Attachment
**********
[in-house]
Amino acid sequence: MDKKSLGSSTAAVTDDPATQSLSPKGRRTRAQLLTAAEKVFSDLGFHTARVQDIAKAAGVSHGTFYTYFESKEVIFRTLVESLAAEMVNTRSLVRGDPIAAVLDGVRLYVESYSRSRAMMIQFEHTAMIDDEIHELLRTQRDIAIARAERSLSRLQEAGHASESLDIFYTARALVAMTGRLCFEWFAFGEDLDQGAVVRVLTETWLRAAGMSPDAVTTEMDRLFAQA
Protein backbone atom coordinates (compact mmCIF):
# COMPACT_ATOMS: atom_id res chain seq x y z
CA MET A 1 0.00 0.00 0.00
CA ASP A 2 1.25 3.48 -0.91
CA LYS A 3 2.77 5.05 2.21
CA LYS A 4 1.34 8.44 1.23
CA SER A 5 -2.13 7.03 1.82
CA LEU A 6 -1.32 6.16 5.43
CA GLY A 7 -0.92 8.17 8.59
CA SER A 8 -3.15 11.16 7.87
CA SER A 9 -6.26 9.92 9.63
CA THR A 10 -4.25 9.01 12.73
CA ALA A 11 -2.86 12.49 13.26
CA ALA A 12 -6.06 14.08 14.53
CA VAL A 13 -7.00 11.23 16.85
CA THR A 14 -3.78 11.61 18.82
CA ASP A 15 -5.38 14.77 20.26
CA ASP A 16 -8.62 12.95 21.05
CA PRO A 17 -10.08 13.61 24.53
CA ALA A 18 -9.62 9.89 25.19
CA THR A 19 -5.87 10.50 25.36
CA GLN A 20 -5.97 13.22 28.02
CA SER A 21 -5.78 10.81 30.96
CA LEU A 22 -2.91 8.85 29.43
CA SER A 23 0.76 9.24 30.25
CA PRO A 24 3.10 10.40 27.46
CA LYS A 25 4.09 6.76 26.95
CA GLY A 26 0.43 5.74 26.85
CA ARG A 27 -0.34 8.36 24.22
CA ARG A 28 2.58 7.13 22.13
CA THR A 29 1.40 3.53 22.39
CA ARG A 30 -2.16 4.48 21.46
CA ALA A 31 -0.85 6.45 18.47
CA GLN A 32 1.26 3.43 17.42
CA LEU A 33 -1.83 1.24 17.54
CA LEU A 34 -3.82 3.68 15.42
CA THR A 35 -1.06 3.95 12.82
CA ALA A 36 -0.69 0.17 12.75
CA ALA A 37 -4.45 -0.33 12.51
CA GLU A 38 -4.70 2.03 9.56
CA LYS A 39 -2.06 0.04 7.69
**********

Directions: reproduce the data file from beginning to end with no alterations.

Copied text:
[in-house]
Amino acid sequence: MDKKSLGSSTAAVTDDPATQSLSPKGRRTRAQLLTAAEKVFSDLGFHTARVQDIAKAAGVSHGTFYTYFESKEVIFRTLVESLAAEMVNTRSLVRGDPIAAVLDGVRLYVESYSRSRAMMIQFEHTAMIDDEIHELLRTQRDIAIARAERSLSRLQEAGHASESLDIFYTARALVAMTGRLCFEWFAFGEDLDQGAVVRVLTETWLRAAGMSPDAVTTEMDRLFAQA
Protein backbone atom coordinates (compact mmCIF):
# COMPACT_ATOMS: atom_id res chain seq x y z
CA MET A 1 0.00 0.00 0.00
CA ASP A 2 1.25 3.48 -0.91
CA LYS A 3 2.77 5.05 2.21
CA LYS A 4 1.34 8.44 1.23
CA SER A 5 -2.13 7.03 1.82
CA LEU A 6 -1.32 6.16 5.43
CA GLY A 7 -0.92 8.17 8.59
CA SER A 8 -3.15 11.16 7.87
CA SER A 9 -6.26 9.92 9.63
CA THR A 10 -4.25 9.01 12.73
CA ALA A 11 -2.86 12.49 13.26
CA ALA A 12 -6.06 14.08 14.53
CA VAL A 13 -7.00 11.23 16.85
CA THR A 14 -3.78 11.61 18.82
CA ASP A 15 -5.38 14.77 20.26
CA ASP A 16 -8.62 12.95 21.05
CA PRO A 17 -10.08 13.61 24.53
CA ALA A 18 -9.62 9.89 25.19
CA THR A 19 -5.87 10.50 25.36
CA GLN A 20 -5.97 13.22 28.02
CA SER A 21 -5.78 10.81 30.96
CA LEU A 22 -2.91 8.85 29.43
CA SER A 23 0.76 9.24 30.25
CA PRO A 24 3.10 10.40 27.46
CA LYS A 25 4.09 6.76 26.95
CA GLY A 26 0.43 5.74 26.85
CA ARG A 27 -0.34 8.36 24.22
CA ARG A 28 2.58 7.13 22.13
CA THR A 29 1.40 3.53 22.39
CA ARG A 30 -2.16 4.48 21.46
CA ALA A 31 -0.85 6.45 18.47
CA GLN A 32 1.26 3.43 17.42
CA LEU A 33 -1.83 1.24 17.54
CA LEU A 34 -3.82 3.68 15.42
CA THR A 35 -1.06 3.95 12.82
CA ALA A 36 -0.69 0.17 12.75
CA ALA A 37 -4.45 -0.33 12.51
CA GLU A 38 -4.70 2.03 9.56
CA LYS A 39 -2.06 0.04 7.69